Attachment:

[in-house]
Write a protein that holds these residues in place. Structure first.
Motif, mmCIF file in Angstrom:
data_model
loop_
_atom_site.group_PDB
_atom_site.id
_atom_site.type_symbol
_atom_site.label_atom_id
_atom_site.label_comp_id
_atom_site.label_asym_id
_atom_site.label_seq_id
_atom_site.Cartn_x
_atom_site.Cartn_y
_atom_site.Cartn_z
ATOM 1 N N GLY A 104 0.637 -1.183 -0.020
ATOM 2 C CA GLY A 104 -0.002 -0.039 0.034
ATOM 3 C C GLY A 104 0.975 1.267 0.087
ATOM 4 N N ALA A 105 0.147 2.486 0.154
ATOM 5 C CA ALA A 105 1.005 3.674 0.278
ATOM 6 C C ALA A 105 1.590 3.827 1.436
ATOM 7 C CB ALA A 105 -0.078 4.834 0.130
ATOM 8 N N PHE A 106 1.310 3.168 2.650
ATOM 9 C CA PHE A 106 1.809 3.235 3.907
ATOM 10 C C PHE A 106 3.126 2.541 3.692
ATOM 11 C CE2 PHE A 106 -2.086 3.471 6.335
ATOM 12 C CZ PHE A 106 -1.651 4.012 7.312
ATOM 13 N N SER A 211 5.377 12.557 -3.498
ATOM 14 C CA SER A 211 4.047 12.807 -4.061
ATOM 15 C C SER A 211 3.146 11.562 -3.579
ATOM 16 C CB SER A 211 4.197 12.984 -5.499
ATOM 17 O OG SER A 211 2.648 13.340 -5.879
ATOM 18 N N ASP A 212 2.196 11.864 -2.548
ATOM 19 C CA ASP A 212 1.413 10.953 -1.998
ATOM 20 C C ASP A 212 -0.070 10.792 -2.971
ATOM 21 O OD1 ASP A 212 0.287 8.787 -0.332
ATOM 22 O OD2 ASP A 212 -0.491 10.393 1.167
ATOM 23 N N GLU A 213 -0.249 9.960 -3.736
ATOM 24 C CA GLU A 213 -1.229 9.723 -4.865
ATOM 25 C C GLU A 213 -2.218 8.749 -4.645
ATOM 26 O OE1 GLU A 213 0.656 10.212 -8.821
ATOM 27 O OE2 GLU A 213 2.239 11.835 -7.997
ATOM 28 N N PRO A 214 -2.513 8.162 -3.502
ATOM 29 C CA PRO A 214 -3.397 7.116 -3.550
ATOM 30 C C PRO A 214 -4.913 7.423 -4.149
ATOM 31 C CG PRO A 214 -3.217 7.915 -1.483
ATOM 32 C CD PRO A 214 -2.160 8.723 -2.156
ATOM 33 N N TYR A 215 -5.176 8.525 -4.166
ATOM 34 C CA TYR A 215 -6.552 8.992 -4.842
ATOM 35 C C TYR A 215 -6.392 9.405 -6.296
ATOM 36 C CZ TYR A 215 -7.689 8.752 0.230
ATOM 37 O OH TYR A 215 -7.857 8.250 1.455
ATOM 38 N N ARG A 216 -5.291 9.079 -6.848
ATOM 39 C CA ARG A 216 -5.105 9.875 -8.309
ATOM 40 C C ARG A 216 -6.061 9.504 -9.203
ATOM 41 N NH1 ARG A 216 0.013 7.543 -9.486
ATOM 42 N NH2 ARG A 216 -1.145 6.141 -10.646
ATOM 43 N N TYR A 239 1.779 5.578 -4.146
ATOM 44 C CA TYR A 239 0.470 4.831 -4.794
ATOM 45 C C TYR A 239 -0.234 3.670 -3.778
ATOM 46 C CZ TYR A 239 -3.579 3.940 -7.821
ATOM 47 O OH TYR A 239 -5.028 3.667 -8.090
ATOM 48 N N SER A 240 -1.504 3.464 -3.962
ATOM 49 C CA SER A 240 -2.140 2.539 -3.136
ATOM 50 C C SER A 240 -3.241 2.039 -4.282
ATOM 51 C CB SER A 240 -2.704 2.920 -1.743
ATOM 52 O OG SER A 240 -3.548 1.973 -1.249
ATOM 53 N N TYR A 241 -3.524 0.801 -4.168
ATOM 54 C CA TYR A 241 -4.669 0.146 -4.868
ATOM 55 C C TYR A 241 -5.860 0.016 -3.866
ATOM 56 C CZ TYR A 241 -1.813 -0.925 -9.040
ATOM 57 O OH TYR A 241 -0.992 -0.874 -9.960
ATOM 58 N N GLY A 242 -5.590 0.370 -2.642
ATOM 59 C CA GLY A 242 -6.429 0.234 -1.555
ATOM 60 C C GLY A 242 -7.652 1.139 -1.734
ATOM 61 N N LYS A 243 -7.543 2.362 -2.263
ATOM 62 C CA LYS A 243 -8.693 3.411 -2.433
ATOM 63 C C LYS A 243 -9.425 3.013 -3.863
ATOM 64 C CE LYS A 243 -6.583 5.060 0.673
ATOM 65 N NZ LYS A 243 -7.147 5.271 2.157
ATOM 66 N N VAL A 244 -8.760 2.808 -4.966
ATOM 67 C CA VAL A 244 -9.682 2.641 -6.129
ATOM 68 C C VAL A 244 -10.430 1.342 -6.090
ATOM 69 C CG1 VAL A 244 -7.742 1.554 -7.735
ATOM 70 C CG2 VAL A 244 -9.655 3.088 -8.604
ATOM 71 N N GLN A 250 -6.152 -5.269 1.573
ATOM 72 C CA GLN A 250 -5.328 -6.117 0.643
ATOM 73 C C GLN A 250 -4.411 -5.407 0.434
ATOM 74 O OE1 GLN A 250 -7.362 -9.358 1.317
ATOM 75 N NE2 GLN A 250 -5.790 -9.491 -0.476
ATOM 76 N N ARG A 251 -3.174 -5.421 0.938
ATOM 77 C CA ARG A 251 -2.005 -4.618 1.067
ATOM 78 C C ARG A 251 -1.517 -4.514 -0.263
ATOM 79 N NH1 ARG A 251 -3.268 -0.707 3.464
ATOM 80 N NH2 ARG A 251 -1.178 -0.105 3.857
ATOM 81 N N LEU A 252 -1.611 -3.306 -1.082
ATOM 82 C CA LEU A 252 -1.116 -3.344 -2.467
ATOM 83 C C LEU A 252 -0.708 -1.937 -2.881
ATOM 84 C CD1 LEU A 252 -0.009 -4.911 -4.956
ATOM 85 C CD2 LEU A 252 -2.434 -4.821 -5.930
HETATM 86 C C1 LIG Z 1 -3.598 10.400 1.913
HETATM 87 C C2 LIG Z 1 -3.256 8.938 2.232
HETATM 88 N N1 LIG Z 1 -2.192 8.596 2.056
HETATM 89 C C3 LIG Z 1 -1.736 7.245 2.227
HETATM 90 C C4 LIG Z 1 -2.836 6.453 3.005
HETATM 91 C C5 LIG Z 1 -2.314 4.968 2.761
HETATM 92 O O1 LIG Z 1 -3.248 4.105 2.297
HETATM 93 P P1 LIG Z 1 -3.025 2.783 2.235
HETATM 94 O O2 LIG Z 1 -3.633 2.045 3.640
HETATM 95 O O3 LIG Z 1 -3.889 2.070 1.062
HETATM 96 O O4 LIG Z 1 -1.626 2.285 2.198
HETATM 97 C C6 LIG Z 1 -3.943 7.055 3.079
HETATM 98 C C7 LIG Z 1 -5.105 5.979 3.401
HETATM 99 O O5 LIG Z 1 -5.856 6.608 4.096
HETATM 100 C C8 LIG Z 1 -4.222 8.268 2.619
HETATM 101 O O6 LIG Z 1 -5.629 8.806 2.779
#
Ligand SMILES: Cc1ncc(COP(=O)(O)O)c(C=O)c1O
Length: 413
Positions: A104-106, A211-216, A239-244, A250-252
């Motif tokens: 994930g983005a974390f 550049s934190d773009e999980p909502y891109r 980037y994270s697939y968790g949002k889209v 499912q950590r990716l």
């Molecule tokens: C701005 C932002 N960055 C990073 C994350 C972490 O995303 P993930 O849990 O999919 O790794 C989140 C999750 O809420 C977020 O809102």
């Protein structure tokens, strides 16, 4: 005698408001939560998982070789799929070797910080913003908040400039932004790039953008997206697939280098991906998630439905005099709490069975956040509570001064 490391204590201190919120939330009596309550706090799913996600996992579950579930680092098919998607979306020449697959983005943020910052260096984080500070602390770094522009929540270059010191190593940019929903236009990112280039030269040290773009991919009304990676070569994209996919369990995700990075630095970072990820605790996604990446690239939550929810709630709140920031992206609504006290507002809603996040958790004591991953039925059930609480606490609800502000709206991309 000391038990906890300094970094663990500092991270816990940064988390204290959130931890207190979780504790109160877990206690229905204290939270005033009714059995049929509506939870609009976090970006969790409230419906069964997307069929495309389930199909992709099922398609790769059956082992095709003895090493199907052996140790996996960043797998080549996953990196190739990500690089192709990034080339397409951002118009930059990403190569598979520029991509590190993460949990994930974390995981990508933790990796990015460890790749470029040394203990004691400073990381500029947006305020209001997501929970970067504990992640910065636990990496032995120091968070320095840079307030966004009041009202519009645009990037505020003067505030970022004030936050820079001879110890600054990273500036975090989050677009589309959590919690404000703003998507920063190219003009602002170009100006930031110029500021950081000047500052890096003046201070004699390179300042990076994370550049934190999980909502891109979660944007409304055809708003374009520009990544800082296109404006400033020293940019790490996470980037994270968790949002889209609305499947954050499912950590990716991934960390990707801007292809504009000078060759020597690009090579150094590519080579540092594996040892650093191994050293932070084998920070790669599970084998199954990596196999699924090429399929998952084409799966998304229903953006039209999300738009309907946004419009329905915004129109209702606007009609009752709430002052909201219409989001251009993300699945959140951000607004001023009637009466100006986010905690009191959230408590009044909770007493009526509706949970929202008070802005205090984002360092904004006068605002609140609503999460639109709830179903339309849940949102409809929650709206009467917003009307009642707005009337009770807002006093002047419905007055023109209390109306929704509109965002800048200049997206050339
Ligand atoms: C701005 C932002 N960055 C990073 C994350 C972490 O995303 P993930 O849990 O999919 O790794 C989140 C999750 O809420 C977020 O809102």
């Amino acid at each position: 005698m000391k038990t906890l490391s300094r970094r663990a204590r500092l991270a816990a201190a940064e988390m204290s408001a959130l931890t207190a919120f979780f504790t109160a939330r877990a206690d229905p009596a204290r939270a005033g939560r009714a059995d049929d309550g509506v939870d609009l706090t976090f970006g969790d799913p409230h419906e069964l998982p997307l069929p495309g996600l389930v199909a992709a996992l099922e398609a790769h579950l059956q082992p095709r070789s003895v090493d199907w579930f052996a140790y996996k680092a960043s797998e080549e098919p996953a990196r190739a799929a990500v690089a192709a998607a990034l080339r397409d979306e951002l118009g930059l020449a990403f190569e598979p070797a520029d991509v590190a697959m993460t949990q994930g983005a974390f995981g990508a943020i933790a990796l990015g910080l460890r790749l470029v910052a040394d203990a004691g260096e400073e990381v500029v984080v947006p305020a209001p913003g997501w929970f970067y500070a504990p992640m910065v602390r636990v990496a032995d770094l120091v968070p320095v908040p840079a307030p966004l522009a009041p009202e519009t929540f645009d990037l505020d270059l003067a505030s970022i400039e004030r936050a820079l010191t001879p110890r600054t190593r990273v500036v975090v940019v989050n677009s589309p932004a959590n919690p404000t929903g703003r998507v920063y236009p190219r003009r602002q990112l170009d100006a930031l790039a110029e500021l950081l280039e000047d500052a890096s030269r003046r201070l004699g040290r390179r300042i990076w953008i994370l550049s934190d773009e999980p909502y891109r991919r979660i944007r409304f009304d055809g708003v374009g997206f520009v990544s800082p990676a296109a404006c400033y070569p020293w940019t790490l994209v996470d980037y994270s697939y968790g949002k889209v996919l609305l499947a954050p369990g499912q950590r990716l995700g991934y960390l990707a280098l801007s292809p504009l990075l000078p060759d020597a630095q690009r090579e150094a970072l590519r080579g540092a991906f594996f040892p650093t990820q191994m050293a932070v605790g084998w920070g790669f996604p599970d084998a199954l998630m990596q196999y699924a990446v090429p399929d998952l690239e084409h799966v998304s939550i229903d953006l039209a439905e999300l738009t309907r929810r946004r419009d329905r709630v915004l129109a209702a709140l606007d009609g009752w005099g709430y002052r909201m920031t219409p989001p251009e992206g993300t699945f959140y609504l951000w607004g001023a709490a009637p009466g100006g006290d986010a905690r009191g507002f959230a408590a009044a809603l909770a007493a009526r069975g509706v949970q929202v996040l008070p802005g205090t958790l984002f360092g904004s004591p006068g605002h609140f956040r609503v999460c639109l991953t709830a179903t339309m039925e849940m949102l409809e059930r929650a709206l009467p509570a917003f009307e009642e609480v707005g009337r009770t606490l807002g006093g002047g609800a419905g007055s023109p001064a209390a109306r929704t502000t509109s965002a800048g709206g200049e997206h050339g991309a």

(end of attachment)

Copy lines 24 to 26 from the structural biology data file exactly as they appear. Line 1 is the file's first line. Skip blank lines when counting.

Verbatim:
ATOM 9 C CA PHE A 106 1.809 3.235 3.907
ATOM 10 C C PHE A 106 3.126 2.541 3.692
ATOM 11 C CE2 PHE A 106 -2.086 3.471 6.335